President Obama landed on some sweet talking points in his recent, somewhat rehashed, proposals to make colleges more affordable and more targeted on graduation and employment. "Higher education should not be a luxury," Obama said in Syracuse, N.Y. "If a higher education is still the best ticket to upward mobility in America--and it is--then we've got to make sure it's within reach."
What's not to like?
The president has some interesting ideas if he can pull them off. He wants to rank colleges such that they score higher when they are cheaper, their students actually complete their programs, and—this part is key—the graduates then become gainfully employed. Then he wants to give more federal aid to schools with higher rankings, which would require the approval of Congress. According to the New America Foundation, the system would truly be a game changer if those rankings could be determined using data gathered from individual students. That also would require congressional approval, so it's not likely to happen.
Sausage-making woes aside, here's the problem: The kind of data that illuminates the true value of college could be really, really uncomfortable for Ivory Tower admirers. A new report from an independent data gathering group College Measures outlines some radical findings based on its student-level data on graduates' starting salaries salaries and their education costs:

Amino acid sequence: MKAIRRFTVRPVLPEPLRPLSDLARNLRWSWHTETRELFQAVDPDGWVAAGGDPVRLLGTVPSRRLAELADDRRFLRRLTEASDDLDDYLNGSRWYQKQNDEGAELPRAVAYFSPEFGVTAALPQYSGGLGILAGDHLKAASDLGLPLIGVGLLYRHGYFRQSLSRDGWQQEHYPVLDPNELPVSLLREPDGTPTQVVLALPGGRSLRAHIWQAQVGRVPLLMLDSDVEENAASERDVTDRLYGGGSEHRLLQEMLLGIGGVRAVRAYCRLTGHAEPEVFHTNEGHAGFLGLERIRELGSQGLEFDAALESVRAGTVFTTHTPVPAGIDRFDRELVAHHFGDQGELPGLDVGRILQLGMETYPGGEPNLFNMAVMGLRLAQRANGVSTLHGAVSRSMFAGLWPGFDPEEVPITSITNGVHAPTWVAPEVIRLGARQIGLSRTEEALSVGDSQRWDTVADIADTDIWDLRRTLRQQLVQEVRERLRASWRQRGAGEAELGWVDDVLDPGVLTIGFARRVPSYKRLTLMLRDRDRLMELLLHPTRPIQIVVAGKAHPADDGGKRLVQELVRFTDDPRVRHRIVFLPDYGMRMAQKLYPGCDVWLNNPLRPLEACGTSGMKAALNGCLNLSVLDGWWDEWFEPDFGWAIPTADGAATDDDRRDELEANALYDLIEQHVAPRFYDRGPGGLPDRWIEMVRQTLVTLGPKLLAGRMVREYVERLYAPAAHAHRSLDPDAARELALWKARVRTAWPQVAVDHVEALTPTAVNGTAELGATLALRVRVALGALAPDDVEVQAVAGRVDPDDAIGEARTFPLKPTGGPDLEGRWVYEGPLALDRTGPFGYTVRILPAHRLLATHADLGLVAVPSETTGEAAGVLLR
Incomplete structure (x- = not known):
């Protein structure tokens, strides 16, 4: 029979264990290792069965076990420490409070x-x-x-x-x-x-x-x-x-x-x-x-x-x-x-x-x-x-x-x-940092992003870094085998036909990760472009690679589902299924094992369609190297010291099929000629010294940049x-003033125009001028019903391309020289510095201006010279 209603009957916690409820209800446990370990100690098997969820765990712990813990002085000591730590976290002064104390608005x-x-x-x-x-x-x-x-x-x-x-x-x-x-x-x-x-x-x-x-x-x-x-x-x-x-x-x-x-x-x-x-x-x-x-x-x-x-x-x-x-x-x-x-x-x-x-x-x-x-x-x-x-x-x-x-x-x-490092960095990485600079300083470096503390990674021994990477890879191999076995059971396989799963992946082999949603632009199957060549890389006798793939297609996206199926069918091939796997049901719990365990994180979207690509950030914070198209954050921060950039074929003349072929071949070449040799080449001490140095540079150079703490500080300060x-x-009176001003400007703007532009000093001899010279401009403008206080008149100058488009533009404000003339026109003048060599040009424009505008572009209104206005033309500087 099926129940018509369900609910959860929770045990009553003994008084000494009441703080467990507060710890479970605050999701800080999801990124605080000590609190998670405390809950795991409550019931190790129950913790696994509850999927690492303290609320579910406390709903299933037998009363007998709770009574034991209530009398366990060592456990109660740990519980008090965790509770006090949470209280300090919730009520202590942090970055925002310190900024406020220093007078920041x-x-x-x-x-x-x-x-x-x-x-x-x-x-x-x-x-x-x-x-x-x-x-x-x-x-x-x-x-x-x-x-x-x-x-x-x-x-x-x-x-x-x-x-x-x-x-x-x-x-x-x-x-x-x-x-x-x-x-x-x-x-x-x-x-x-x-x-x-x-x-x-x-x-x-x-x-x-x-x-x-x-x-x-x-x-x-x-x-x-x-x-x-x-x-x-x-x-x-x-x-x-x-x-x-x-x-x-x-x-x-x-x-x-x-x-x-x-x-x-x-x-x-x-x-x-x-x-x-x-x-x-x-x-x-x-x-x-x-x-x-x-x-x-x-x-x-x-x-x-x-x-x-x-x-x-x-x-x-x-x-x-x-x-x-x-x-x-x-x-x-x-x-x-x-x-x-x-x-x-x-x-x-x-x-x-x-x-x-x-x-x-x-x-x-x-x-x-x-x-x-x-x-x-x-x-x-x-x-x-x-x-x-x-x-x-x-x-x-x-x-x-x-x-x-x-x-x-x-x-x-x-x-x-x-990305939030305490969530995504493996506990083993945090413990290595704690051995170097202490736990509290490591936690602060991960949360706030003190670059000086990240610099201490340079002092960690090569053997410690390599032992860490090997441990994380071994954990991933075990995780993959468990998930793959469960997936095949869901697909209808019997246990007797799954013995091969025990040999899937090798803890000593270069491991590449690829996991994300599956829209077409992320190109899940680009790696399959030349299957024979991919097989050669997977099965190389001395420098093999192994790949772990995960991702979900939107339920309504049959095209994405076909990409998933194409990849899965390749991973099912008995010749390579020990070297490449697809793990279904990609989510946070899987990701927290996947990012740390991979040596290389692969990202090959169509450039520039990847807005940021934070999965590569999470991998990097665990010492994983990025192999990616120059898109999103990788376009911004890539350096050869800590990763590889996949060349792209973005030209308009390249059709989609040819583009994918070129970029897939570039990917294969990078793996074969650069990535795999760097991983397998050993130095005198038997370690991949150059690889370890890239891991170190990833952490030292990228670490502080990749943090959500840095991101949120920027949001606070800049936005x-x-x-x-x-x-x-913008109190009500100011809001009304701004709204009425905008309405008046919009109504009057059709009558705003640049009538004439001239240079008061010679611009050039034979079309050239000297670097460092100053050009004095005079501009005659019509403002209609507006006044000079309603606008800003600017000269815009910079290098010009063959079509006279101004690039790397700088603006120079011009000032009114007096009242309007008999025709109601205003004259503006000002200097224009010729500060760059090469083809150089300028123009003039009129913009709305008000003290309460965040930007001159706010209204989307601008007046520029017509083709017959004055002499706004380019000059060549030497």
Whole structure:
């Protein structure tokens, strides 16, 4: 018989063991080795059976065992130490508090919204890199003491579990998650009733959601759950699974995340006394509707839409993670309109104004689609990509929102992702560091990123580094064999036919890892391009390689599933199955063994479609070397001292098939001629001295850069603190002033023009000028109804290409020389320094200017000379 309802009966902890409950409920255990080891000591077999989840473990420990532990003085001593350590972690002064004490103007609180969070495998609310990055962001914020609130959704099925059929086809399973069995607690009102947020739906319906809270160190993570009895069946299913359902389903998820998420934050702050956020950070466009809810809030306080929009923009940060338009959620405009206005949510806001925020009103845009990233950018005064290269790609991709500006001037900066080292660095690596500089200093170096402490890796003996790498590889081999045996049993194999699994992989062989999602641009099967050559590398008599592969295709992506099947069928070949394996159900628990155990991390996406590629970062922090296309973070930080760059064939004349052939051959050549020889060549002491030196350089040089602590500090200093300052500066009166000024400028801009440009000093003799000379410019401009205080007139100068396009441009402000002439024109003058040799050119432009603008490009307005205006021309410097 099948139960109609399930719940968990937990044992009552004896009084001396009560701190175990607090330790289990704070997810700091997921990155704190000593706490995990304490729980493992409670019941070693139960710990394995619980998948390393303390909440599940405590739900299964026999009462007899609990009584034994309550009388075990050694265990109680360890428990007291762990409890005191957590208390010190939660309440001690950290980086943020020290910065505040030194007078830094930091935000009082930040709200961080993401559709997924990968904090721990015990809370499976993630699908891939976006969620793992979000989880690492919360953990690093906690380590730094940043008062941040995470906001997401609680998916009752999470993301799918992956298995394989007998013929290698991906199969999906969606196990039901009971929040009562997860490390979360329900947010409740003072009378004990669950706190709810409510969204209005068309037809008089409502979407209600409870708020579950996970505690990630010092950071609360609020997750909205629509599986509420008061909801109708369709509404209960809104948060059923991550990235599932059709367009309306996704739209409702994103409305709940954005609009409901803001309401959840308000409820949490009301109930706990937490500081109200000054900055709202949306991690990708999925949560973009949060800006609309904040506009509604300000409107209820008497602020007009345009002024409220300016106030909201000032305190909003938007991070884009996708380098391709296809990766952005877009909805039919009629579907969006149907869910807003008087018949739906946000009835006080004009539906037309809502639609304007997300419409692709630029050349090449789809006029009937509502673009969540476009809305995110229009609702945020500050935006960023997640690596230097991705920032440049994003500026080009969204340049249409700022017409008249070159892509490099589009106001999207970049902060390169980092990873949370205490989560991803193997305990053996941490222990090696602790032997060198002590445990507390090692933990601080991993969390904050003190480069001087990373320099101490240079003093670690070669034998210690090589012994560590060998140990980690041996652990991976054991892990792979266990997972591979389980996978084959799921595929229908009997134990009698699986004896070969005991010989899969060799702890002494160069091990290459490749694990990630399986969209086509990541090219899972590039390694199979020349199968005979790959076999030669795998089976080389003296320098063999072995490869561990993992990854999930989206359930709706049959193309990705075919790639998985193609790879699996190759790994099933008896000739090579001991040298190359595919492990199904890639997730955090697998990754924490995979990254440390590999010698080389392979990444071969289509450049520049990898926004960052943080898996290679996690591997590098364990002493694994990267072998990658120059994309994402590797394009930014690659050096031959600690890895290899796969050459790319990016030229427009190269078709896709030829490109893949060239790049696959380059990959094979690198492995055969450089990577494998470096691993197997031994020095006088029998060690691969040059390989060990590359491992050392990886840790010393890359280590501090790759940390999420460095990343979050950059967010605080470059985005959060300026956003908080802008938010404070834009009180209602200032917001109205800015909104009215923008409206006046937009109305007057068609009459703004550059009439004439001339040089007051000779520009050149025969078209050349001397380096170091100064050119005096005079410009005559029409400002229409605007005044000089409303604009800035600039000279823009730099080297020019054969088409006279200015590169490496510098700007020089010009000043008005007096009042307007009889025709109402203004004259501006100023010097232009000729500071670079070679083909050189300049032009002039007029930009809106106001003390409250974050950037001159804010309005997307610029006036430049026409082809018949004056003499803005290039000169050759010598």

"Science Majors Are Oversold,"
"What You Study Matters More Than Where You Study", and
"A Two-Year Degree Can Be Worth as Much as a Four-Year Degree."
College Measure President Mark Schneider has been going state to state collecting data from state schools on their graduates' earnings and the cost of their education. It's like pulling teeth, Schneider says, but the slog is important because students should know what they can expect, salary-wise, before they and their parents shell out $50,000 to $200,000 or more, for college.
Here's one surprising fact from Schneider's work: Biology majors don't make any more money than Sociology and Psychology majors when they graduate, about $30,000 annually.
Here's another: First-year earnings of for graduates of two-year technical associates' programs are higher than those with four-year bachelor's degrees.
What other surprises would we find if a public dataset existed for all colleges that broke down tuition costs and graduates' average starting salaries by major? Is it fair to rank colleges using such data? Is there a better way to gauge the value of college? If so, how could it be implemented? What are the political or institutional forces that would get in the way? What are the chances that Obama's proposals will come to anything other than another Web site with more confusing college rankings? How can a new ranking system encourage colleges to lower tuition rates?